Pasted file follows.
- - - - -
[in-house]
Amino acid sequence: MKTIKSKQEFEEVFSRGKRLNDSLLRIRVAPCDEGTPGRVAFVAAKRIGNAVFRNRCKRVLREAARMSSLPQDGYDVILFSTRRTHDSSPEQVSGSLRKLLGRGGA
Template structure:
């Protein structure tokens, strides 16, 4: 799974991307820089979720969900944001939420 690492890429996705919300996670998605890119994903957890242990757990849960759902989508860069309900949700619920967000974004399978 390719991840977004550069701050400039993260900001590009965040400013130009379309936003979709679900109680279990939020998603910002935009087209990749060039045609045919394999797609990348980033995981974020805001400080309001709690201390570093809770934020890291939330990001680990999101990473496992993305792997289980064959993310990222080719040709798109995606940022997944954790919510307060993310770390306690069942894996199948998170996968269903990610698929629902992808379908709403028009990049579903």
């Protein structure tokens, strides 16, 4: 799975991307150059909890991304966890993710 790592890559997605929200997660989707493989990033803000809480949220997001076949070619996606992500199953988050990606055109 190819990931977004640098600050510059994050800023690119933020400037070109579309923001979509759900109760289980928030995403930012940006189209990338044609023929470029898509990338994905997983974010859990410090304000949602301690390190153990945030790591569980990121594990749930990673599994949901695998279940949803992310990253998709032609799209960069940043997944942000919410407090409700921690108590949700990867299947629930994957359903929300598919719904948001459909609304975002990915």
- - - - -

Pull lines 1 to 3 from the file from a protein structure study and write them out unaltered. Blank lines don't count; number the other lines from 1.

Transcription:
[in-house]
Amino acid sequence: MKTIKSKQEFEEVFSRGKRLNDSLLRIRVAPCDEGTPGRVAFVAAKRIGNAVFRNRCKRVLREAARMSSLPQDGYDVILFSTRRTHDSSPEQVSGSLRKLLGRGGA
Template structure: